How Do I Move My Pets to Another State?

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Everyone knows how stressful moving can get. You’re going to be busy packing up the house, getting rid of stuff, and saying goodbye to your neighbors. You’ll be so preoccupied that you might forget about moving your pet! Pets are more than just animals. They’re also family. But as animals, they’re more sensitive to change and prone to stress than humans are. That’s why you want to make the trip comfortable for them as much as you can.

If you’re relocating to another state, here’s everything you need to know about the pet moving process.

Step One: Make a Trip to The Vet

Before hitting the road, make sure your pet is in perfect condition. You don’t want underlying health problems to pop up during the trip. A quick visit to your family vet should be enough. Have him check for parasites, anxiety, or a compromised immune system and discuss options for dealing with motion sickness.

If your vet finds something concerning, he can then administer the appropriate treatment. It could be vitamins, sedation, anti-anxiety medication, an adequate Dramamine doses (for motion sickness), or surgery if it’s anything serious. Additionally, only the vet can provide the required vaccines before your pet is allowed to enter your new state.

Be sure your pet is a-okay. We can't have them going around and around when they're not feeling all too well. Make a trip to the vet to make sure your pet is in perfect health.
Be sure your pet is a-okay before your move by scheduling a trip to the vet.

Step Two: Prepare the Paperwork

In addition to checking up on your pal’s health, you should secure important documents from the vet. Without them, you’ll either face fines or, worse, be prohibited from bringing your pet along. A valid health certificate stating your pet’s current medical status and history is the most common requirement for most cities. On top of that, some areas require you to submit vaccination records, a rabies tag, and an entry permit. Remember that you’ll undergo a more extensive vetting process if you own an exotic pet like a tarantula or scorpion. So don’t be shy to ask your vet for help on how to acquire these documents.

Step Three: Consider Microchipping

Anything can happen down the road. It’s easy to think that you’ve already secured your pet and that there’s no getting out of your sight. But what if it does? Like, what if you’re taking a bathroom break and your kid somehow pulls the car window open, and suddenly your cat jumps out? That’s why it’s worth the extra cost to microchip your pet so you won’t have to panic when the worst-case scenario happens. If it’s not an option, make sure to update your animal companion’s ID tags.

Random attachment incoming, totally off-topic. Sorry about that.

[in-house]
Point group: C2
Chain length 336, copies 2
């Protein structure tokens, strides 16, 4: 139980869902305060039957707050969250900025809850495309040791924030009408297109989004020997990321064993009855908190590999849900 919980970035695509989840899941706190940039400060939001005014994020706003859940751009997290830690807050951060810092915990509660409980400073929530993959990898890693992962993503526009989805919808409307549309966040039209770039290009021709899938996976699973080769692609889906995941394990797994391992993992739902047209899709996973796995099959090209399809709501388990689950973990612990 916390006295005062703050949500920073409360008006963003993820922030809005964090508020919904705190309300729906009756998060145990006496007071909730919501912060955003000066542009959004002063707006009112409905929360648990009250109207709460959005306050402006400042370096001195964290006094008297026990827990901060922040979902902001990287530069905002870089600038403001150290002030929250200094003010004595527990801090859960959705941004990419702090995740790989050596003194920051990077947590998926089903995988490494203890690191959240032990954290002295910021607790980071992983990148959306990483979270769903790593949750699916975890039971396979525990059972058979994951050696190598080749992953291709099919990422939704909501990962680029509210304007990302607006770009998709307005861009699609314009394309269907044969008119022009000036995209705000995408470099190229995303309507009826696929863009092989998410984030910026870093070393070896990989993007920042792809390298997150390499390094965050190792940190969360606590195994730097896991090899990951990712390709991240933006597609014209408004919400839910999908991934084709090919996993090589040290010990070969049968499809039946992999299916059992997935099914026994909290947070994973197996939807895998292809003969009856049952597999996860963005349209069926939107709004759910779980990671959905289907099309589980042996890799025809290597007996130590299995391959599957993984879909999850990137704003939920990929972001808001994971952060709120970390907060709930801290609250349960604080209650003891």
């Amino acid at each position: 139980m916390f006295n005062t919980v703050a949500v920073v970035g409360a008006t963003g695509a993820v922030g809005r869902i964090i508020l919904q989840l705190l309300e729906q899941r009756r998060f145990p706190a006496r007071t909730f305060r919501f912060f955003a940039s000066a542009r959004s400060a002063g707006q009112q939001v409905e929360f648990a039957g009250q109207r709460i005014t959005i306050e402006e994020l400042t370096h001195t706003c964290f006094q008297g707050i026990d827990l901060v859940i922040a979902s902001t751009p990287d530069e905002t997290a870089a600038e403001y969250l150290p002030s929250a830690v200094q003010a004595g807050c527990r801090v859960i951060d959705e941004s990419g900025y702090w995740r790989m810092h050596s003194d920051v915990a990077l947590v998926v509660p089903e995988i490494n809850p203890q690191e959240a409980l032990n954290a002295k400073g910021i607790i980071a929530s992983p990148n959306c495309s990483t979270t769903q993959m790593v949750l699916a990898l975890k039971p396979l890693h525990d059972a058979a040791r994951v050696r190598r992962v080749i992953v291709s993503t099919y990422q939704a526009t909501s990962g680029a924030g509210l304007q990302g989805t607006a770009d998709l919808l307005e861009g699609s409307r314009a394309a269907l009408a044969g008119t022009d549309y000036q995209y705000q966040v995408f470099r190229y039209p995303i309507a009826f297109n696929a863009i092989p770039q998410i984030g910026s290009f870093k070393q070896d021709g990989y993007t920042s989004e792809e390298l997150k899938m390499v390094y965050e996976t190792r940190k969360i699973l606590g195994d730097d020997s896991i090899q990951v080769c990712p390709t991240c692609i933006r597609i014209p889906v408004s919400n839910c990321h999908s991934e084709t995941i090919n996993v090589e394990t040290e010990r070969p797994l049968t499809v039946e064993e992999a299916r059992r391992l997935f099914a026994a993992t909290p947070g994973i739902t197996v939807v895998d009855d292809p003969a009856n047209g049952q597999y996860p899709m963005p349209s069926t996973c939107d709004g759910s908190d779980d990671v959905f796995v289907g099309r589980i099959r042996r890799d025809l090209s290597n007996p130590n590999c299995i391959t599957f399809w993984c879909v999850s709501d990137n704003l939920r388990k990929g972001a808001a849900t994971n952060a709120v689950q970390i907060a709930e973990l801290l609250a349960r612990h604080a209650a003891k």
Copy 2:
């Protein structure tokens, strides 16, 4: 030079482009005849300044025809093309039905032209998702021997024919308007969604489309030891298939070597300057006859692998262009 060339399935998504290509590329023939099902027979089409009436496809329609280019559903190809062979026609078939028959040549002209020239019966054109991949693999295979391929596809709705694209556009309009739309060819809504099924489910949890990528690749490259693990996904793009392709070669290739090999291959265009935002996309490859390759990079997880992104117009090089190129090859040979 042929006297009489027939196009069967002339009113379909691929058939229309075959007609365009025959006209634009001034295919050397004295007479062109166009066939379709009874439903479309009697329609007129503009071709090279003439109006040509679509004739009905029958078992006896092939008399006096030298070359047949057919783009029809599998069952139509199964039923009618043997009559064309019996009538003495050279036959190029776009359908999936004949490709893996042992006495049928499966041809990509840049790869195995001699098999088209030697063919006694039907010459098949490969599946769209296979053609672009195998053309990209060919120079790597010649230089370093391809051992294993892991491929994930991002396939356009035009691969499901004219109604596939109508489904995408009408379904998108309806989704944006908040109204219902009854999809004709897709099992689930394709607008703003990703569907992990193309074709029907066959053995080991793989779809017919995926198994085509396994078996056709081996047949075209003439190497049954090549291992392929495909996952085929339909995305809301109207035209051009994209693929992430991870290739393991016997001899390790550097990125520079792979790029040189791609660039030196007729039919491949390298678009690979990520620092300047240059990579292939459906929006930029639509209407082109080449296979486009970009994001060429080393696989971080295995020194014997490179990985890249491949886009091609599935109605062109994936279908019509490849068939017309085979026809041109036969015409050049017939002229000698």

Step Four: Learn About Your New State and Its Regulations 

Different states and cities have varying take on animal ownership. For example, it’s easier to have a dog in Austin TX, thanks to the abundance of pet-friendly establishments and protection laws. However, you will find it hard to enjoy the same experience in strict states like Wyoming or New York.

State laws tackling animals’ entry also vary, whether it’s about dogs, cats, horses, parrots, and other pets. Make sure to study and comply with these laws to avoid delays and penalties. Some states perform border inspections for every vehicle that enters, while others only do random home visits by agricultural officials. Sometimes, it’s also a combination of both.

Another thing, the state isn’t your only concern when relocating. Cities and local communities also impose regulations of their own. Most of the time, these laws involve having proper rabies vaccine, limiting the number of pets in a household, compulsory microchipping, leashing, and breeding requirements.

Step Five: Preparing for the Trip

At last! You’re done with the boring stuff. It’s now time to plan and prepare your trip with your animal friend! Here’s a brief list of everything you need to do.

  • Get some pet supplies. Nothing’s more distracting than a hungry or an irritated pet when you’re driving. Make sure to stock up on dog food or treats for your pet. Bring your pal’s favorite toy to keep it occupied during the trip. Don’t forget the medications! Lastly, it’s also worth buying poop bags so you can make sure you appropriately bag your pet’s waste wherever you make your pit stops.
  • Secure a pet cage. You’ll need it for puppies and kittens. You might even have to cage your pet if it has aggression issues. Plus, no matter how obedient your furry companion is, it still has animal instincts that could pop up anytime. This is especially true for cats since they’re really sensitive to their surroundings. Better be safe than sorry.